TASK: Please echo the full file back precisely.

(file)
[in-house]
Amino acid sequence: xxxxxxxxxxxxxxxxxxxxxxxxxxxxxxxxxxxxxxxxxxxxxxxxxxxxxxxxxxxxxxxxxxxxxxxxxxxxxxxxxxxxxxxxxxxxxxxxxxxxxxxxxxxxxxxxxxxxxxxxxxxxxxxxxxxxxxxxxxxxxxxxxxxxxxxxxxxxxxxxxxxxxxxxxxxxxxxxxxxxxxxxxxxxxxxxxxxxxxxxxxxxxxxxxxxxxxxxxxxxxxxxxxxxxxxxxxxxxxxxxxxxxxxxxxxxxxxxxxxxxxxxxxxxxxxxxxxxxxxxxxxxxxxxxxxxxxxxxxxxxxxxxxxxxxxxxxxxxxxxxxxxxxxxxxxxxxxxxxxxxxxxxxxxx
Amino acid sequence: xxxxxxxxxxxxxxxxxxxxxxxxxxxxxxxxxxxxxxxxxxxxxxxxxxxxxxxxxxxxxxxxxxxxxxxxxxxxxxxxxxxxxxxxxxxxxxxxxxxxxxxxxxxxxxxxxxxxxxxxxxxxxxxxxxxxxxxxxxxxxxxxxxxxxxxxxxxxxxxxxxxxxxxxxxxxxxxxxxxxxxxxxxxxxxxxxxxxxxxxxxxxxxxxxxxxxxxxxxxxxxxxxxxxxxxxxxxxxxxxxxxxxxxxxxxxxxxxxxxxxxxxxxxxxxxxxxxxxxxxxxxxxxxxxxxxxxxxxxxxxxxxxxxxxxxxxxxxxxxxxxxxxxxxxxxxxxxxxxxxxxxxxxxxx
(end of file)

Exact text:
[in-house]
Amino acid sequence: xxxxxxxxxxxxxxxxxxxxxxxxxxxxxxxxxxxxxxxxxxxxxxxxxxxxxxxxxxxxxxxxxxxxxxxxxxxxxxxxxxxxxxxxxxxxxxxxxxxxxxxxxxxxxxxxxxxxxxxxxxxxxxxxxxxxxxxxxxxxxxxxxxxxxxxxxxxxxxxxxxxxxxxxxxxxxxxxxxxxxxxxxxxxxxxxxxxxxxxxxxxxxxxxxxxxxxxxxxxxxxxxxxxxxxxxxxxxxxxxxxxxxxxxxxxxxxxxxxxxxxxxxxxxxxxxxxxxxxxxxxxxxxxxxxxxxxxxxxxxxxxxxxxxxxxxxxxxxxxxxxxxxxxxxxxxxxxxxxxxxxxxxxxxx
Amino acid sequence: xxxxxxxxxxxxxxxxxxxxxxxxxxxxxxxxxxxxxxxxxxxxxxxxxxxxxxxxxxxxxxxxxxxxxxxxxxxxxxxxxxxxxxxxxxxxxxxxxxxxxxxxxxxxxxxxxxxxxxxxxxxxxxxxxxxxxxxxxxxxxxxxxxxxxxxxxxxxxxxxxxxxxxxxxxxxxxxxxxxxxxxxxxxxxxxxxxxxxxxxxxxxxxxxxxxxxxxxxxxxxxxxxxxxxxxxxxxxxxxxxxxxxxxxxxxxxxxxxxxxxxxxxxxxxxxxxxxxxxxxxxxxxxxxxxxxxxxxxxxxxxxxxxxxxxxxxxxxxxxxxxxxxxxxxxxxxxxxxxxxxxxxxxxxx